Dear Bird Folks,There is a pair of hawks hanging around our backyard. We think they are Cooper’s Hawks. We also think they have nest just across the street from our house. Here are a couple of photos. What do you think? – Debbie, Eastham, MA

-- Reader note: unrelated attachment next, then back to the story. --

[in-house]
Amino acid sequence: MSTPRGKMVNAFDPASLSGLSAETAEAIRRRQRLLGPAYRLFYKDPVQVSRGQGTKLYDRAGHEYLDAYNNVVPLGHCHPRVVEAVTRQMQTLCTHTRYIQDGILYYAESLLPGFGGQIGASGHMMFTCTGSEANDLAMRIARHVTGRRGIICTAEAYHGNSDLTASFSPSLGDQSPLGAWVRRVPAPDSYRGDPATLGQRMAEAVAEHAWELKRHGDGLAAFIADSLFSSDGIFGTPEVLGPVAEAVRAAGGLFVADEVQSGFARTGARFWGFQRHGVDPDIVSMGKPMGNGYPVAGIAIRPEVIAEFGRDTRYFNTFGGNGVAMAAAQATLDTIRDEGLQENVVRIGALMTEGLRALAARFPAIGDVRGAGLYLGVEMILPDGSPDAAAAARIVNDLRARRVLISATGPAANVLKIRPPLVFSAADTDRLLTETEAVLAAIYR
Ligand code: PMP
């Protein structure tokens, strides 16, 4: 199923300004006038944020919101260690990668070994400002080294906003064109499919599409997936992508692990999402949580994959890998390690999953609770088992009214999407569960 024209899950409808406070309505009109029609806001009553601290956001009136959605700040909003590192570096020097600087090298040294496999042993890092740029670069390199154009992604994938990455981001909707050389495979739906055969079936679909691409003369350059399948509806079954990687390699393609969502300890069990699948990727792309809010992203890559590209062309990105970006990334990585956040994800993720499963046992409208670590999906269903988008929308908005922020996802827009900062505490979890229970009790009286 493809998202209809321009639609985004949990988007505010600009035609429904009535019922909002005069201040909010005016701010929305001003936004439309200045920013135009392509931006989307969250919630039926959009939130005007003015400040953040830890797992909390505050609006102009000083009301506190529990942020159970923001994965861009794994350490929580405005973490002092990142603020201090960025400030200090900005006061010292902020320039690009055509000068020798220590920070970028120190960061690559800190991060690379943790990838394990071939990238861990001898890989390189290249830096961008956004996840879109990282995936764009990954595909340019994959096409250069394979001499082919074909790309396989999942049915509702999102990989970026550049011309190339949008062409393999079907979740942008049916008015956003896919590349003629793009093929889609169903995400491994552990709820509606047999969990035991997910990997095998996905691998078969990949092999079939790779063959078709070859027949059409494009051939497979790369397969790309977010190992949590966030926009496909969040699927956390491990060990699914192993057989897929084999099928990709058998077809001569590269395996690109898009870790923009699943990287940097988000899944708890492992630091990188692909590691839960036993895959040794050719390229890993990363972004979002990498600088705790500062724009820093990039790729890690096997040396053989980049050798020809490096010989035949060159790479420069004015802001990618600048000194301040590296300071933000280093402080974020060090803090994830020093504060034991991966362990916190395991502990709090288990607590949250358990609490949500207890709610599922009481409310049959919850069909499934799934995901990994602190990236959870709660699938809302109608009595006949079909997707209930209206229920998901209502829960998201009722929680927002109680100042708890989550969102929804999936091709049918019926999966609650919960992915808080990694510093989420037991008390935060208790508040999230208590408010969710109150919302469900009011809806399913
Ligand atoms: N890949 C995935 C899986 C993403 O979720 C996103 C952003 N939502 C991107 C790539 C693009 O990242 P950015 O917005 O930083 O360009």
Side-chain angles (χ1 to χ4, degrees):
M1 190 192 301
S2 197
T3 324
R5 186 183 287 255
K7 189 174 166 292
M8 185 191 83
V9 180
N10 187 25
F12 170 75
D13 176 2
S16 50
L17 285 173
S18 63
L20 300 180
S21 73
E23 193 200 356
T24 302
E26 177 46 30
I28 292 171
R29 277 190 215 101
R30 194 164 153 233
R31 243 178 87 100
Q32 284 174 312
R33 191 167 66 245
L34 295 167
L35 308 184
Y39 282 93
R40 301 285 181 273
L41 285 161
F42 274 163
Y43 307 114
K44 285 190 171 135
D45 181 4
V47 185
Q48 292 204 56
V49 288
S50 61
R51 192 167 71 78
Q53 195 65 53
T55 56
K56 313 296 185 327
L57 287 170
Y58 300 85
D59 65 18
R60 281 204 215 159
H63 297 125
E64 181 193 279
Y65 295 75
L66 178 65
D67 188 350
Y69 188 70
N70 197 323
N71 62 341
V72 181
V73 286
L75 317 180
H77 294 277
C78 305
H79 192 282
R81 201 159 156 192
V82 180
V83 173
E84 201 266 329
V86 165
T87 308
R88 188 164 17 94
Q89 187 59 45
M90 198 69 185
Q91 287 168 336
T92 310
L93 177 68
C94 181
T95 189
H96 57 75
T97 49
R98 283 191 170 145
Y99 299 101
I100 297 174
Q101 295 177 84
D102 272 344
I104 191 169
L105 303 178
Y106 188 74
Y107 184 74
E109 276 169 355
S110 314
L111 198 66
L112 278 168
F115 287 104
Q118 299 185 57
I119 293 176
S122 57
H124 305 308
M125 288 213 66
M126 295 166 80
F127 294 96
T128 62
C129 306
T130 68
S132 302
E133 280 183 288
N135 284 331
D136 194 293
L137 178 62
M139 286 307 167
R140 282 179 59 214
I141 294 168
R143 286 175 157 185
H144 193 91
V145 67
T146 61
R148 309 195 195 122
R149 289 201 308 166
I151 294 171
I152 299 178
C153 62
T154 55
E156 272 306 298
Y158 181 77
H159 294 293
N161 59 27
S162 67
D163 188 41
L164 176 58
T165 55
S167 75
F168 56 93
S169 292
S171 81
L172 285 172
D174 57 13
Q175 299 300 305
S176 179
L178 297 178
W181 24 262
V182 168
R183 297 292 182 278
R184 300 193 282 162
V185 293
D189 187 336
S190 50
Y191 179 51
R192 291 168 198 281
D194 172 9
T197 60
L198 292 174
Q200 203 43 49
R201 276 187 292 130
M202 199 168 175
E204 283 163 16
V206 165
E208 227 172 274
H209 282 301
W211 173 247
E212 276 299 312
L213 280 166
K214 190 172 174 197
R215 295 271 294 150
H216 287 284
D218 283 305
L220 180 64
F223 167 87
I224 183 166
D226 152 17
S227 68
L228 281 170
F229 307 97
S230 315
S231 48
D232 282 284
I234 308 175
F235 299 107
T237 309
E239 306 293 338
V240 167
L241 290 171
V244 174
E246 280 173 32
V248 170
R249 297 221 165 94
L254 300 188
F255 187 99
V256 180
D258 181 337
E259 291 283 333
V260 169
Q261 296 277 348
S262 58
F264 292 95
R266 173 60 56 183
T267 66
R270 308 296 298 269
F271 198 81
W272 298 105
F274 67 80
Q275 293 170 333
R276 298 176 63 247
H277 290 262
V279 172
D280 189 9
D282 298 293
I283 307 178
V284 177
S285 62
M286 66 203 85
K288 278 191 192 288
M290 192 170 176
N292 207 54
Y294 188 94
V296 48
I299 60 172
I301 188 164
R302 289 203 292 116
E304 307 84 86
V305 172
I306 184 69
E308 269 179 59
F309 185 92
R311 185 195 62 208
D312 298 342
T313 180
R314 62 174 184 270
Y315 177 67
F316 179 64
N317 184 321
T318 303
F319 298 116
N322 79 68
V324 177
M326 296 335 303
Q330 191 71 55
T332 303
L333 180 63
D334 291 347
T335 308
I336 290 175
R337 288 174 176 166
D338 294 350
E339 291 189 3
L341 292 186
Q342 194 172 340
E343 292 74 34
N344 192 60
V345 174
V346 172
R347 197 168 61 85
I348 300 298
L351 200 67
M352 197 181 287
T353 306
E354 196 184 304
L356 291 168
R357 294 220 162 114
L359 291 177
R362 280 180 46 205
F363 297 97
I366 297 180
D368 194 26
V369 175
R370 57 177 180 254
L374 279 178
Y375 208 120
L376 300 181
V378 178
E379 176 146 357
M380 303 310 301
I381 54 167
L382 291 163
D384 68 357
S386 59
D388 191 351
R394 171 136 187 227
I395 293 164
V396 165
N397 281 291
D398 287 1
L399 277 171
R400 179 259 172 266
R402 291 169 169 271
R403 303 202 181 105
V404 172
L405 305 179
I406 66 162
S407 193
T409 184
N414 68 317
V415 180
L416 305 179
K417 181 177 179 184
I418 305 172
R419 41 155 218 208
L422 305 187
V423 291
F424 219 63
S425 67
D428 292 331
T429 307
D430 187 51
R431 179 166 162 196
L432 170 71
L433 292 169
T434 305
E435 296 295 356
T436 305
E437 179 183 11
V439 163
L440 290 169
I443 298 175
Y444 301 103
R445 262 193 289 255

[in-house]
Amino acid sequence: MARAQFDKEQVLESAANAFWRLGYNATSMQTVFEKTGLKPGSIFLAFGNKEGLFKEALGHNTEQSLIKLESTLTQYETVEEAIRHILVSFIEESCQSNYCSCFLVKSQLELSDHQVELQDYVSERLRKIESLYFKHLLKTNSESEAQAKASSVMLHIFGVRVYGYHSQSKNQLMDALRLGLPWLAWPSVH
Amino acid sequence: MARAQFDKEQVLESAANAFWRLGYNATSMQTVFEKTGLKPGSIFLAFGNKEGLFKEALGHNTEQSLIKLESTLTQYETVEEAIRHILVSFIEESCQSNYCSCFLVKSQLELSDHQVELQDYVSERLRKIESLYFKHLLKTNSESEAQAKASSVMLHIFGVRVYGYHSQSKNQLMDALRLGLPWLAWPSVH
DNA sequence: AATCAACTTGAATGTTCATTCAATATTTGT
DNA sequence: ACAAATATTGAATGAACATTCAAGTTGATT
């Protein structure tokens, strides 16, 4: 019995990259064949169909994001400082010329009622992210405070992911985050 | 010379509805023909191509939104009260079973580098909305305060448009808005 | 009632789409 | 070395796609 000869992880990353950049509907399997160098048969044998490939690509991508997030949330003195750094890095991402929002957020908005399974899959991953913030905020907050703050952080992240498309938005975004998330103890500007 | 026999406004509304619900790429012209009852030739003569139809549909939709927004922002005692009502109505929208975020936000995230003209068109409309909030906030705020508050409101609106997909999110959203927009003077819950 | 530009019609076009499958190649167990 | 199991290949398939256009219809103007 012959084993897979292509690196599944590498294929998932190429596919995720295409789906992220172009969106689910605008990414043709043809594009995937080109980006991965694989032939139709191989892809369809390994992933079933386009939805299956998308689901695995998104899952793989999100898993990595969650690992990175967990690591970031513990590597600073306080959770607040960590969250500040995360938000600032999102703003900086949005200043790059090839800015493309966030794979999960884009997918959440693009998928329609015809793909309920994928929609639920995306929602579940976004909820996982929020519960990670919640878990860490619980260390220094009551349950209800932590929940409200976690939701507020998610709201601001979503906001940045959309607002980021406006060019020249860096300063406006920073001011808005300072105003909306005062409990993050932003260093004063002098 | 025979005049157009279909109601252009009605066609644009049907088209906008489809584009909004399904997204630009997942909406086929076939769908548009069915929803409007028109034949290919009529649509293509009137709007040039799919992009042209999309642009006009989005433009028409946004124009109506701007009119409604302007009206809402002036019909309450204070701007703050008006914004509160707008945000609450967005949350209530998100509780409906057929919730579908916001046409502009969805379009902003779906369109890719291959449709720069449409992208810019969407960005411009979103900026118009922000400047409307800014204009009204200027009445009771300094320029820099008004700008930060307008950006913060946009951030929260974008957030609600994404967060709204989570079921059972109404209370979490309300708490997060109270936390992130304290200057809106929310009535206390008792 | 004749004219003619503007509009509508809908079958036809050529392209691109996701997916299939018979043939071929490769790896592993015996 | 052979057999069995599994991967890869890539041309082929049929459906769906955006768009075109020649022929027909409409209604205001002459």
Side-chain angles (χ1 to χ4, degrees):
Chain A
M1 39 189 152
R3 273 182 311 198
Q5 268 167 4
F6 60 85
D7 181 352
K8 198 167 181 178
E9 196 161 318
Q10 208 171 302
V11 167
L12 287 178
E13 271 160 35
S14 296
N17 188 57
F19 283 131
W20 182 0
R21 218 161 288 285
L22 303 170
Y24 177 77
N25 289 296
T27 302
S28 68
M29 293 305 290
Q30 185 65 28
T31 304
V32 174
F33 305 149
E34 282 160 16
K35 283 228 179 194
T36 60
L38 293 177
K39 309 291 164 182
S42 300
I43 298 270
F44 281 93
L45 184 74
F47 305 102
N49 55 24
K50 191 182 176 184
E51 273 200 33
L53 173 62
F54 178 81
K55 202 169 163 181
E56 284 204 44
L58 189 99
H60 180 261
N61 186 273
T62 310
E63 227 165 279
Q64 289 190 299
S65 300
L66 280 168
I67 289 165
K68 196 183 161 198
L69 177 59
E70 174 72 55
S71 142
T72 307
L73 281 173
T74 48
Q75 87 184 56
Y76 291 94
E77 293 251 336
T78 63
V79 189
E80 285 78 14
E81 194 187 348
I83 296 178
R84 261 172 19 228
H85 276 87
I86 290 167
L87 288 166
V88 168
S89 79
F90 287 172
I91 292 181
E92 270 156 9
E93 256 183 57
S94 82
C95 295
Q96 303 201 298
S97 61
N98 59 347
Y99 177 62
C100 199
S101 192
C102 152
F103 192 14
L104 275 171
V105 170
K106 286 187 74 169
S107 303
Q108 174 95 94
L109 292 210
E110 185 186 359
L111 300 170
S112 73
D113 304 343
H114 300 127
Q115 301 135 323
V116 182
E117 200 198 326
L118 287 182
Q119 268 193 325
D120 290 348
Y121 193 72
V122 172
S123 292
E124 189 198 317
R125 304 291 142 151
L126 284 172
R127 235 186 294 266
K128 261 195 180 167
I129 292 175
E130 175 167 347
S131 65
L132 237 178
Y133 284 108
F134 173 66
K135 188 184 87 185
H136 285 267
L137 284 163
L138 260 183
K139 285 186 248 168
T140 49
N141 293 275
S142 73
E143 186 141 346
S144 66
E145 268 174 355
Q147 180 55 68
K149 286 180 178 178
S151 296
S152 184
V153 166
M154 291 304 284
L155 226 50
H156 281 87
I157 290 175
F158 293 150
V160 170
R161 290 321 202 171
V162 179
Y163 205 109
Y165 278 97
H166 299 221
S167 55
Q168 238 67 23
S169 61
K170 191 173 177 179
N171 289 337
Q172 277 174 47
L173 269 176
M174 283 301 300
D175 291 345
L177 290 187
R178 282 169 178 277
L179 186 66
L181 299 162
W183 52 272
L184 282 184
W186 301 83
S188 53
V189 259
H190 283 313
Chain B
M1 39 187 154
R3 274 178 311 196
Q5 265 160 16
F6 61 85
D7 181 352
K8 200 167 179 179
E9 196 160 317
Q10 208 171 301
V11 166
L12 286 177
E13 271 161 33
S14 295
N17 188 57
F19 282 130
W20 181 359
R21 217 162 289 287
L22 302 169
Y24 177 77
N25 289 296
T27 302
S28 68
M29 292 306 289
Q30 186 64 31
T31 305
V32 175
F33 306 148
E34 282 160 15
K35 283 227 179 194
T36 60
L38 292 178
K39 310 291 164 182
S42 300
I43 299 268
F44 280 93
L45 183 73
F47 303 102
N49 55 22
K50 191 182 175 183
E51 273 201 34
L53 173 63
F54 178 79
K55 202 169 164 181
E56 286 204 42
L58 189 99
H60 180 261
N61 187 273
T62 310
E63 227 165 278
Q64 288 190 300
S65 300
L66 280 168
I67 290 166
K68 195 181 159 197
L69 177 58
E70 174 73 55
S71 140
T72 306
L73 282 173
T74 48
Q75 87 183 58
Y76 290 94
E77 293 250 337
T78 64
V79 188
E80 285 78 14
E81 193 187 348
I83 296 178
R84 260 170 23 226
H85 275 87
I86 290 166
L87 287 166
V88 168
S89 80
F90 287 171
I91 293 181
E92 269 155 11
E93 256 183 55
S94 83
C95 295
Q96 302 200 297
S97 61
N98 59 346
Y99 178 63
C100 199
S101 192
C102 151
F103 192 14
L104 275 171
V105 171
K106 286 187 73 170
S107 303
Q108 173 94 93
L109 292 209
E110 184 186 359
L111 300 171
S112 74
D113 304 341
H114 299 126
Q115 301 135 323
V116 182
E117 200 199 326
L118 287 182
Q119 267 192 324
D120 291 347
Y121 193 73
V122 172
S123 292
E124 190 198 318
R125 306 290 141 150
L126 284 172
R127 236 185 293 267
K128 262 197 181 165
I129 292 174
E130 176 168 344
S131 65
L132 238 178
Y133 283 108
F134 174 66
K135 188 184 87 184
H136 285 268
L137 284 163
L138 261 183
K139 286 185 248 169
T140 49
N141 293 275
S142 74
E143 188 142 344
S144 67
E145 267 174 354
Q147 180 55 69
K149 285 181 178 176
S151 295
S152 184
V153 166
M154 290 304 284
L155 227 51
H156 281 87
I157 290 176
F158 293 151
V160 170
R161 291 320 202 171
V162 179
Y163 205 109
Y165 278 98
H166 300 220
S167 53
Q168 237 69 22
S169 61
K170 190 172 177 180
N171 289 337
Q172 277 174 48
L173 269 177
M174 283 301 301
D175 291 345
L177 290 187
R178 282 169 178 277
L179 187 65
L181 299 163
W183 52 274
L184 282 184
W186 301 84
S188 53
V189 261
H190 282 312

Yes, they are, Deb,Based on your photos, the birds in your backyard are indeed Cooper’s Hawks. However, these hawks are immature. This means they aren’t likely nesting across from your house, or any place else. But just to be sure we are both talking about the same hawk species, I’ll swing by your house after work and have a look. I’ll be the one walking around your yard with a pair of binoculars, so don’t mistakenly sic your dog on me. I don’t climb trees as fast as I used to. Also, how do I get to your house? Usually when I ask people directions to their homes, they mumble some vague information. They probably don’t believe that I’ll actually show up (or maybe they’re afraid I will). Debbie was different. She grabbed a pen and a piece of paper and began drawing a map to her house, and what a map it was. I don’t know what Debbie does for a living, but if she isn’t a cartographer she should be. Every street, house and tree were drawn perfectly to scale. I could have driven there with my eyes closed, but I didn’t dare try…not with all this summer traffic. That would be dangerous. When we arrived at Debbie’s house (I had dragged Casey along for a diversion, just in case Debbie really did have a dog) we parked the car, looked up and there was the hawks’ nest, exactly where her map said it would be. It was well hidden near the top of a tall pitch pine. Through the thick branches we could make out the white downy feathers of one or perhaps two chicks. That was cool, but I wanted to meet the parents. Debbie’s photos indicated that the parents were still immature, and thus should not yet be breeding. Something was fishy, or so I thought. We hung around the nest tree until we heard a hawk calling from a small wooden lot down the street. I began bushwhacking my way into the lot but stopped when Casey pointed to a tree just in front of us. Sitting on a branch and eating a fresh kill was an immature female Cooper’s Hawk. The bird was so focused on her meal that she didn’t seem to care about us. Cooper’s Hawks typically feed on small birds, but this bird had just caught a chipmunk. (Upon reading this section I’ll bet half of the readers are thinking, “poor chippy,” while the other half are wondering how they can get this hawk to come and deal with the chipmunks in their yards. Casey was in the “poor chippy” camp.) I stayed focused on the hawk, because I wanted to see if it would fly to the nest and actually feed the chicks. I didn’t have to wait long. With its meal about half gone, the hawk finally looked up and realized she was being spied upon. The big bird then lifted off and flew directly to her nest, and began feeding her chicks. I just stood there shaking my head. How was this hawk able to have a family at such a young age? I needed to do some serious research on the topic. In other words, I had to ask someone smarter than me; but a person like that will be hard to find, so this could take a while. In the meantime, I’ll tell you a bit about Cooper’s Hawks. Cooper’s Hawks, which were named after New York scientist, William Cooper, are medium-sized hawks that specialize in hunting birds (and sometimes, poor chippy). I’ve mentioned this before, but when our birdfeeders suddenly become deserted, a visiting Cooper’s Hawk is often the reason. Like many of us, Cooper’s Hawks are fairly new additions to Cape Cod. As recently as the 1980s they were only rare winter visitors. But since that time the population of these speedy predators has grown rapidly and now they are here year-round. Adult Cooper’s Hawks have dark gray backs and rusty barred chests and bellies. The immature birds are basically brown, with the coloring of a sparrow, a giant, menacing sparrow. During migration they are…wait, I just found out the information I have been looking for, and it’s very exciting. Well, sort of. Through my many professional connections, I was able to get in touch with Mark Faherty, who is the Science Coordinator at Mass Audubon’s Wellfleet Bay Wildlife Sanctuary and the radio star of WCAI’s Bird News. Mark agreed that it is indeed rare for a pair of immature Cooper’s Hawks to breed. According to his information, only about five percent of all Cooper’s Hawk couples breed during their first year. How about that? This is all so exciting. But I probably shouldn’t be surprised. After all, this is happening in Eastham, a town that has lots of cool things, including their annual Festivus pole and an entire weekend dedicated to a windmill. Yes, a windmill. While ironically, another Cape town is taking their windmills down. Go figure. Congrats on your young Cooper’s Hawk family, Debbie. They’ll probably hang around for a few more weeks (much to the dismay of your songbirds and those poor chippies). Eventually, they’ll all disperse. But don’t worry; Coops tend to return to the same breeding area year after year. This means your hawks will likely be back next spring. But just to make sure they don’t get lost, better give them one of your maps. Then they’ll be back, guaranteed.
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